Less than a week before the game, there was not a single blade of grass to be seen in the 50,000-seat arena with the playing surface covered by a thick layer of ice for the national finals of the winter sport of bandy.
Asked last week if he was worried about the turnaround from ice to grass, Sweden coach Erik Hamren laughed as he answered: "Truly? Yes!"
Hamren spoke of the "teething problems" experienced by the pitch at the new arena, which cut up badly in the inaugural 4-2 win over England, although the surface did not seem to bother Sweden's Zlatan Ibrahimovic who netted four goals.
"The first game against England it was not the quality I want," Hamren said. "The last game against Argentina it was really good and it's going to be really good when we play against Ireland, I'm sure of that."
The Friends joined the likes of the Sydney Opera House and the Empire State Building as one of many buildings around the world turned green on Ireland's national holiday. Turning the pitch from ice to grass may prove a little trickier.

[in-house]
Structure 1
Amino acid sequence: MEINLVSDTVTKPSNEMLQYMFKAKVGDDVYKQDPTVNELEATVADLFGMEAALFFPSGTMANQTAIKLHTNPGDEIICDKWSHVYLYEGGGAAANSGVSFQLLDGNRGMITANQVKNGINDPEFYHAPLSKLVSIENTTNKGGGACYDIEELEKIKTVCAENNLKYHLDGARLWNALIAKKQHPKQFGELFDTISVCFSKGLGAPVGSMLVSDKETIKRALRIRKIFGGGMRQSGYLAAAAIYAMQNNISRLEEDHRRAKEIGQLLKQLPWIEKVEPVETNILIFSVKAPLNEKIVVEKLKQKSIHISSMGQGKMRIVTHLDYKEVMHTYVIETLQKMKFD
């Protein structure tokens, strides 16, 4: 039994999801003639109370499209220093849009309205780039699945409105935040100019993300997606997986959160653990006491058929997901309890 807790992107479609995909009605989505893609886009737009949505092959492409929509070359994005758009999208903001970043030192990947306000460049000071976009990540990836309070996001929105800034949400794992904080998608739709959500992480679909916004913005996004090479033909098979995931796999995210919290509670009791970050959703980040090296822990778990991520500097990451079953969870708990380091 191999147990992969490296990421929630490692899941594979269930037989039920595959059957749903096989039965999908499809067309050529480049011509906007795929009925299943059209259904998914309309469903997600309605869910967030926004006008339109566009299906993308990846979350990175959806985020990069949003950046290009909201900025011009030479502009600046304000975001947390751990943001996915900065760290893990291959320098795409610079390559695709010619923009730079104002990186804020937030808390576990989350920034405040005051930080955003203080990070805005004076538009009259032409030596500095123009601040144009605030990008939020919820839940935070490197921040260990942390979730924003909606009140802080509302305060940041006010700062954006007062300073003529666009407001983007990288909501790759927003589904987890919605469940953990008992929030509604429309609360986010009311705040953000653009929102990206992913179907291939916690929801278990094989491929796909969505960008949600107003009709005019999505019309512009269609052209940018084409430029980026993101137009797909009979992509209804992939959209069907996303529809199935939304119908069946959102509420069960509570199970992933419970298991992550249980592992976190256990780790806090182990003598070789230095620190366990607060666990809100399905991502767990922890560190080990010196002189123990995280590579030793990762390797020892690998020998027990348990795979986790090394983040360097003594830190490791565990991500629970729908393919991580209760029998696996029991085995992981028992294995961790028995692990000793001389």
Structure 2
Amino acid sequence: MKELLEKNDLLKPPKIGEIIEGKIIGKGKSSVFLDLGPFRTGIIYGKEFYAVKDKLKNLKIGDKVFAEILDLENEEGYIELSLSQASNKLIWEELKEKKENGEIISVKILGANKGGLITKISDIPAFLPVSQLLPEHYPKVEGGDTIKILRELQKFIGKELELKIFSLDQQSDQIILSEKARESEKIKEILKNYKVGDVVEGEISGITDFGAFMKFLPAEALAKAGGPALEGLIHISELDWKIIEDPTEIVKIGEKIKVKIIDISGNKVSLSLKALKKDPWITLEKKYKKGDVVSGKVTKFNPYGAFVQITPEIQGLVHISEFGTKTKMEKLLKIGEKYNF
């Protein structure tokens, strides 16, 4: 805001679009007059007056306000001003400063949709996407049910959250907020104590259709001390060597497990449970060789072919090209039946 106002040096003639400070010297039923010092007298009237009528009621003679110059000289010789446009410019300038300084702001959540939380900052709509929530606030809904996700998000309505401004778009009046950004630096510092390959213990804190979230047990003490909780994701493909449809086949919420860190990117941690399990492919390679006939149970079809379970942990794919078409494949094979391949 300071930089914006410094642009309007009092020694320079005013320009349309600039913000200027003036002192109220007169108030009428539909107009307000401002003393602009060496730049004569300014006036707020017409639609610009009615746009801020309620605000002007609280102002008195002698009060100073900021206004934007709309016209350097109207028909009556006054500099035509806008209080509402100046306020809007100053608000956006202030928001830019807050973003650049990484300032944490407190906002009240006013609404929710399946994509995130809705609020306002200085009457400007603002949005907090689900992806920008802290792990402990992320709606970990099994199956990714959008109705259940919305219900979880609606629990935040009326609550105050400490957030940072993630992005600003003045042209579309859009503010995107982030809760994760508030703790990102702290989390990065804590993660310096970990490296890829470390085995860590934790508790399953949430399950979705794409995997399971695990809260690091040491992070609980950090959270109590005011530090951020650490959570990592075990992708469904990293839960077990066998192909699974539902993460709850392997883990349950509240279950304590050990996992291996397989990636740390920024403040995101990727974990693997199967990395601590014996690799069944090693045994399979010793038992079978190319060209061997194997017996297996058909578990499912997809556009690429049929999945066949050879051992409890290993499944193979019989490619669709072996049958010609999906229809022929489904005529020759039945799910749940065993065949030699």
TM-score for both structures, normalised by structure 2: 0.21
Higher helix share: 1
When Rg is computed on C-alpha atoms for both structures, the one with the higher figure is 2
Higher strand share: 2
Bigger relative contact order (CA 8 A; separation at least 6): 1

Almost from the final whistle of the men's bandy final, ground staff at the new multi-purpose arena will be working around the clock to melt the ice, drain away the water and lay the pitch for the Ireland game.
"To move in the grass is not the problem," team manager Lars Richt told Reuters in an interview. "The bigger problem is to have the ice and all the water off the pitch. That will be a challenge."
The grass for the Friends Arena pitch is grown on the border between the Netherlands and Germany before being driven up to Stockholm on trucks.
Richt said the grass supplier had been changed since the first game against England, and that he had no worries about it being bedded down in time for both teams to train on on Thursday.
"On Wednesday evening the grass is on, so I'm not worried about that."
The Swedes are second in qualifying Group C, three points behind leaders Germany and one ahead of Ireland in third.